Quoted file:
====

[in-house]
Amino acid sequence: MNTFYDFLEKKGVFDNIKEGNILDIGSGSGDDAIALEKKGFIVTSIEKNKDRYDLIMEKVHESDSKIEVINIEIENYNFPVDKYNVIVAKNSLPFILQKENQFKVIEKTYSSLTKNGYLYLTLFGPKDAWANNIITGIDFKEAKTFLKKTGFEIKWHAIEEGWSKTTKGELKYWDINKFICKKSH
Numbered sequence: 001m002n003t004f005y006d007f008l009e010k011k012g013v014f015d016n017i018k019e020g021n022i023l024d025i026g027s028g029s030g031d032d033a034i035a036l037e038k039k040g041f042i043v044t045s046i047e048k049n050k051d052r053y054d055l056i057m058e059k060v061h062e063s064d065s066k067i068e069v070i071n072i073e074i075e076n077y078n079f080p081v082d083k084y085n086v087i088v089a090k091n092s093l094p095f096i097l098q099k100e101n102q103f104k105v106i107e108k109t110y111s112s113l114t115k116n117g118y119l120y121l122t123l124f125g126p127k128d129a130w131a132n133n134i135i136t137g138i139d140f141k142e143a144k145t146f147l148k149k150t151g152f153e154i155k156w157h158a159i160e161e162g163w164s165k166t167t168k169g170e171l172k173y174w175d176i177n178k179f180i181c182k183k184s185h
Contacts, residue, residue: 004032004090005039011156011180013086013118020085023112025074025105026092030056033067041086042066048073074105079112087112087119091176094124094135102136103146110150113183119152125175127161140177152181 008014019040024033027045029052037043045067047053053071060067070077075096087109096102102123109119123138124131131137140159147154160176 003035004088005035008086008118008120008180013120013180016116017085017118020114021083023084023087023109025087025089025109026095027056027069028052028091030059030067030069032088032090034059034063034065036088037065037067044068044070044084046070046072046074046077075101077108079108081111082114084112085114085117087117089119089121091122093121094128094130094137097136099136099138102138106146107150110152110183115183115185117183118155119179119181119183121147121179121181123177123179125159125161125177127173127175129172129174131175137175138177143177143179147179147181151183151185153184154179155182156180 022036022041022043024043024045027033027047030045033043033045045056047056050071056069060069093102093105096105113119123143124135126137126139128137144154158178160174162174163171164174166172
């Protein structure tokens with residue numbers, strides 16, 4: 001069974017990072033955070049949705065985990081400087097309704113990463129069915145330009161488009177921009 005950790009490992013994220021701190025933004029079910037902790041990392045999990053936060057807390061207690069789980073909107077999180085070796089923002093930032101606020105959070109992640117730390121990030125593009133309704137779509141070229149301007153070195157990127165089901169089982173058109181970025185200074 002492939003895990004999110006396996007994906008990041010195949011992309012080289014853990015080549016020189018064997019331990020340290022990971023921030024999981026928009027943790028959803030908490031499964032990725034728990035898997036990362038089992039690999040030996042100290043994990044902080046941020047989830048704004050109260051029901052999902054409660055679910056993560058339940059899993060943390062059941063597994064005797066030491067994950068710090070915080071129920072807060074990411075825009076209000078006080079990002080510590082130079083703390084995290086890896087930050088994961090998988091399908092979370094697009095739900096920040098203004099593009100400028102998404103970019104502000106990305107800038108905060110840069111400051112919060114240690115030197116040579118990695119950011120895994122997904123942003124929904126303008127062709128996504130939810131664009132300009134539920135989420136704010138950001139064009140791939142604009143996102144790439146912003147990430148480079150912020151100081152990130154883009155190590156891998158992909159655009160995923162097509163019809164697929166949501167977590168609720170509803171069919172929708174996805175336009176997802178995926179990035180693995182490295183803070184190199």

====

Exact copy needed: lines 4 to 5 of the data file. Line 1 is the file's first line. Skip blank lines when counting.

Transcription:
Contacts, residue, residue: 004032004090005039011156011180013086013118020085023112025074025105026092030056033067041086042066048073074105079112087112087119091176094124094135102136103146110150113183119152125175127161140177152181 008014019040024033027045029052037043045067047053053071060067070077075096087109096102102123109119123138124131131137140159147154160176 003035004088005035008086008118008120008180013120013180016116017085017118020114021083023084023087023109025087025089025109026095027056027069028052028091030059030067030069032088032090034059034063034065036088037065037067044068044070044084046070046072046074046077075101077108079108081111082114084112085114085117087117089119089121091122093121094128094130094137097136099136099138102138106146107150110152110183115183115185117183118155119179119181119183121147121179121181123177123179125159125161125177127173127175129172129174131175137175138177143177143179147179147181151183151185153184154179155182156180 022036022041022043024043024045027033027047030045033043033045045056047056050071056069060069093102093105096105113119123143124135126137126139128137144154158178160174162174163171164174166172
């Protein structure tokens with residue numbers, strides 16, 4: 001069974017990072033955070049949705065985990081400087097309704113990463129069915145330009161488009177921009 005950790009490992013994220021701190025933004029079910037902790041990392045999990053936060057807390061207690069789980073909107077999180085070796089923002093930032101606020105959070109992640117730390121990030125593009133309704137779509141070229149301007153070195157990127165089901169089982173058109181970025185200074 002492939003895990004999110006396996007994906008990041010195949011992309012080289014853990015080549016020189018064997019331990020340290022990971023921030024999981026928009027943790028959803030908490031499964032990725034728990035898997036990362038089992039690999040030996042100290043994990044902080046941020047989830048704004050109260051029901052999902054409660055679910056993560058339940059899993060943390062059941063597994064005797066030491067994950068710090070915080071129920072807060074990411075825009076209000078006080079990002080510590082130079083703390084995290086890896087930050088994961090998988091399908092979370094697009095739900096920040098203004099593009100400028102998404103970019104502000106990305107800038108905060110840069111400051112919060114240690115030197116040579118990695119950011120895994122997904123942003124929904126303008127062709128996504130939810131664009132300009134539920135989420136704010138950001139064009140791939142604009143996102144790439146912003147990430148480079150912020151100081152990130154883009155190590156891998158992909159655009160995923162097509163019809164697929166949501167977590168609720170509803171069919172929708174996805175336009176997802178995926179990035180693995182490295183803070184190199």